• That said, and ever attentive to her subject’s simple needs, the Queen has acknowledged the financial impact of lèse-majesté on satirists everywhere. She has created a special fund to assist them.

“They can laugh as much as they like, as long as they leave me and my retinue and, of course, the royal corgis, well out of it. And the best thing: the fund’s coming from withdrawals I’ve ordered from former Prince Harry’s expense account. That’ll teach the ungrateful little shit,” Her Majesty chortled before adding, “I’m sure Andrew will chip in too. He owes me big time for not locking him in the Tower and throwing away the keys.”

 

My Beethoven dilemma

I’ve written a satirical novel called Beethoven’s Tenth and the journey which saved the world. It’s about a small group of fictional characters with grudges against their authors. Led by Dr Watson, of Sherlock Holmes fame, they set out to publicise their grievances. This revolves around one of them, Johannes Kreisler, a brilliant eccentric created by the real composer, E T A Hoffman, finishing Beethoven’s Tenth Symphony. After a roller coaster ride it all ends triumphantly, with grudges resolved and, thanks to the new symphony, the world a much rosier, hopeful place. Beethoven, at least in spirit, has saved the day.

But have I perpetuated a terrible wrong? Not a single character in my novel considers that Beethoven’s music might embody the ‘racist, misogynist, patriarchal tradition’ that some claim has ‘colonised’ Western classical music. How could I possibly have missed the fact that Beethoven’s famous Ninth Symphony overflows ‘with male violence and female subordination, its narrative primarily based on phallic sexuality’? Why was I so blind to the ‘bisexual narrative’ and ‘Oedipal configurations’ lurking in Beethoven’s grand works?

Foolishly, I thought also that ‘masterful’ and ‘masterpiece’—derived from Latin and German—signalled skill and refinement. How embarrassing to discover that, according to some modern commentators, they are little more than codewords for slavery and sexism. I’m so relieved I don’t hold a Masters degree.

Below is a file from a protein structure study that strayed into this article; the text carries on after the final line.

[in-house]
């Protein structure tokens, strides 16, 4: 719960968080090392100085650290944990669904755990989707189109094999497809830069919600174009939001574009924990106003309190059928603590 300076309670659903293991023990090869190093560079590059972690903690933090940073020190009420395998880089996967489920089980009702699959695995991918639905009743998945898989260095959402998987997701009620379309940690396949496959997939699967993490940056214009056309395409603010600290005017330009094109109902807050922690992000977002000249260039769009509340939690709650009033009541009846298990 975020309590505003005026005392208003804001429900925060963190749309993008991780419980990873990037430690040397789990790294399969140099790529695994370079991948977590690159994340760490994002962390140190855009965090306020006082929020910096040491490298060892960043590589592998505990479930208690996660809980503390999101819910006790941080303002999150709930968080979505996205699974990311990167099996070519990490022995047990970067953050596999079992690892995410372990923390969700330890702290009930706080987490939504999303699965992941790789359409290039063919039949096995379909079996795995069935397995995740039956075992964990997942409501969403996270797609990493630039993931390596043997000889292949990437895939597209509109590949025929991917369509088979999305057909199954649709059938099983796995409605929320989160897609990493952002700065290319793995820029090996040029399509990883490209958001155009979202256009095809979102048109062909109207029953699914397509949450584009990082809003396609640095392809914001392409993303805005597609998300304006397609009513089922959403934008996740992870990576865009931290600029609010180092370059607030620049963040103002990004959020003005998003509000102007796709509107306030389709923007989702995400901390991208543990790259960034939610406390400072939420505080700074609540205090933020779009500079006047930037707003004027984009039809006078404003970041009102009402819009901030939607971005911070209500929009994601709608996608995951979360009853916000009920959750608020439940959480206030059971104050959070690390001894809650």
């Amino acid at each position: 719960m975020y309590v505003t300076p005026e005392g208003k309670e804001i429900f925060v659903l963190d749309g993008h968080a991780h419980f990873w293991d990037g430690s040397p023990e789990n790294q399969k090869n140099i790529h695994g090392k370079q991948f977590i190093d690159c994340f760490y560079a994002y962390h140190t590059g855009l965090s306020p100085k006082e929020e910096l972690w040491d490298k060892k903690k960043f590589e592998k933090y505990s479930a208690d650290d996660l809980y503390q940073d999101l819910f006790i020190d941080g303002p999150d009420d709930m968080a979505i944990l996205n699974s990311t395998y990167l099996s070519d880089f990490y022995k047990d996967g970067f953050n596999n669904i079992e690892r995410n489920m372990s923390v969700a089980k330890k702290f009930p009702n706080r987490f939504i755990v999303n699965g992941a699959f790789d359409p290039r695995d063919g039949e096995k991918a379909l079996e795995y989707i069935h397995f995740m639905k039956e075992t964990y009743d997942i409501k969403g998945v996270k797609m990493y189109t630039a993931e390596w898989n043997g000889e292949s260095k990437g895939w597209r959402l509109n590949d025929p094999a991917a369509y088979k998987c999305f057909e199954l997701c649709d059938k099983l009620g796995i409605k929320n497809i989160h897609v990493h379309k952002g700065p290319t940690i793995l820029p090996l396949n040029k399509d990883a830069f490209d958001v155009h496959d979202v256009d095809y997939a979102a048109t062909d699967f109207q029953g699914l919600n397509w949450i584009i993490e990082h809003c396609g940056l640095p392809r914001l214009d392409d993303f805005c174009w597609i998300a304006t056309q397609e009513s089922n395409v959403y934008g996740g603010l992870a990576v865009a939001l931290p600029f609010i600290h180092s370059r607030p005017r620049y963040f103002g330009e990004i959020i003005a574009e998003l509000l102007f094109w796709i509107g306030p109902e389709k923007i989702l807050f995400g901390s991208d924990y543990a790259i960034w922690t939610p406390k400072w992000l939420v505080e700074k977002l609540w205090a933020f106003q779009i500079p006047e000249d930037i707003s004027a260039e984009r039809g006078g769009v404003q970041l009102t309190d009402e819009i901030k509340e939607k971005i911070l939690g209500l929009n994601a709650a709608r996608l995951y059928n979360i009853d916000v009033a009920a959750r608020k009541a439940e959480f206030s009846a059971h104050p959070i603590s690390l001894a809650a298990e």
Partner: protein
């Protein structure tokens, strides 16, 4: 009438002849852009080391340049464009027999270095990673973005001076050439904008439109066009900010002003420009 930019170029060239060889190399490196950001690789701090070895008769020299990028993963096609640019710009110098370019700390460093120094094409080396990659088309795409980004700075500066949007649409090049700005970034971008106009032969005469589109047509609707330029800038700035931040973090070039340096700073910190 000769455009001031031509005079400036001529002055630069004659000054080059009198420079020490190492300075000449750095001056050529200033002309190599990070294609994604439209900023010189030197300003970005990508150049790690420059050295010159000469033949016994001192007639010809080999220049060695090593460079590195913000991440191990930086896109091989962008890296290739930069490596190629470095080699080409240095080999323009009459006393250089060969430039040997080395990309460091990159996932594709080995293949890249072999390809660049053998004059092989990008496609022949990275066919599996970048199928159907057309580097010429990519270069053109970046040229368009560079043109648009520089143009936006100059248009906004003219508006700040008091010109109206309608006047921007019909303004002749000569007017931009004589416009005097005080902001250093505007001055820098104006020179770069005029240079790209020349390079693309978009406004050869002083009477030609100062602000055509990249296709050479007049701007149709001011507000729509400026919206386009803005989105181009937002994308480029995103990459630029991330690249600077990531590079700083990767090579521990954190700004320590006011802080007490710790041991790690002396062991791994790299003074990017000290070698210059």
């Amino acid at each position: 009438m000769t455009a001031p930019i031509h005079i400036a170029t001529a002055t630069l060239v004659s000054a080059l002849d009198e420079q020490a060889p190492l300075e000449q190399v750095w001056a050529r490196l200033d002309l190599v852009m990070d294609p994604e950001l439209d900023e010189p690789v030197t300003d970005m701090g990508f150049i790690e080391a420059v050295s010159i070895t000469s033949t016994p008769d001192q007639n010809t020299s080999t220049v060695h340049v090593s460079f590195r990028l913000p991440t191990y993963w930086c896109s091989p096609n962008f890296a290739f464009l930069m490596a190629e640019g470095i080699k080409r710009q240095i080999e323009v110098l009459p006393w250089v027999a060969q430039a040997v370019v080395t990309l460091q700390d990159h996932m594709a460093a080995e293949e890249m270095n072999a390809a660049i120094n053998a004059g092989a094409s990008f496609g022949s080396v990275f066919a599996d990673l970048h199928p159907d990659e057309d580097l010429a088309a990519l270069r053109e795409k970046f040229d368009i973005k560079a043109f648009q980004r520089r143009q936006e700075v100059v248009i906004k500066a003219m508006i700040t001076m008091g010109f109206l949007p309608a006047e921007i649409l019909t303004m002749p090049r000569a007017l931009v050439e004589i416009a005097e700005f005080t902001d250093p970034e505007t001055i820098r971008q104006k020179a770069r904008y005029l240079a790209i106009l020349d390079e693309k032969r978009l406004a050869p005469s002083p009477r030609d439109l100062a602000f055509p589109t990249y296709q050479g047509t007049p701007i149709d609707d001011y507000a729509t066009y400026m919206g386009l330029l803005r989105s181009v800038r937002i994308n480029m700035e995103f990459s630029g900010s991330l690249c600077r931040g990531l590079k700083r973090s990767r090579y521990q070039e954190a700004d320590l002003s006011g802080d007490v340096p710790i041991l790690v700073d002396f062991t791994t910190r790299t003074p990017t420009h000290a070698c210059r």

In my novel’s defence, I often spell out Beethoven’s name. The book’s dedication is to ‘Ludwig and Francesca’ (my partner). But that was more good luck than good management. Only now do I know that the mononym, Beethoven, is also a source of offence. I feel badly, then, about the title and the cover. Thank goodness I wasn’t writing a politically correct novel about Giacomo Antonio Domenico Michele Secondo Puccini. There’d be little space for the actual story.

From now on I’ll make sure it’s always William Shakespeare and Dante Alighieri. I’ll go only to art galleries who display names such as Rembrandt Harmenszoon van Rijn, Salvador Felipe Jacinto Dali y Domenech, Élisabeth Louise Vigée Le Brun, Maria Helena Vieira da Silva and so on. I’m not sure how to handle Aristotle and Sophocles, who seem positively name deprived. By contrast, Jesus of Nazareth Son of God is both a mouthful and consciously gendered. I’ll need advice on that one.

I will try to make amends, though aspects of my novel may cause readers unease. Johannes Kreisler hero worships ‘the noble, the miraculous Ludwig van Beethoven’. So too does one of the villains. Influenced by hearing LVB’s Third, Fifth and Ninth Symphonies played over a jail intercom, he declares he loves the composer’s ‘string quarters’ (sic) more than he loves his mother.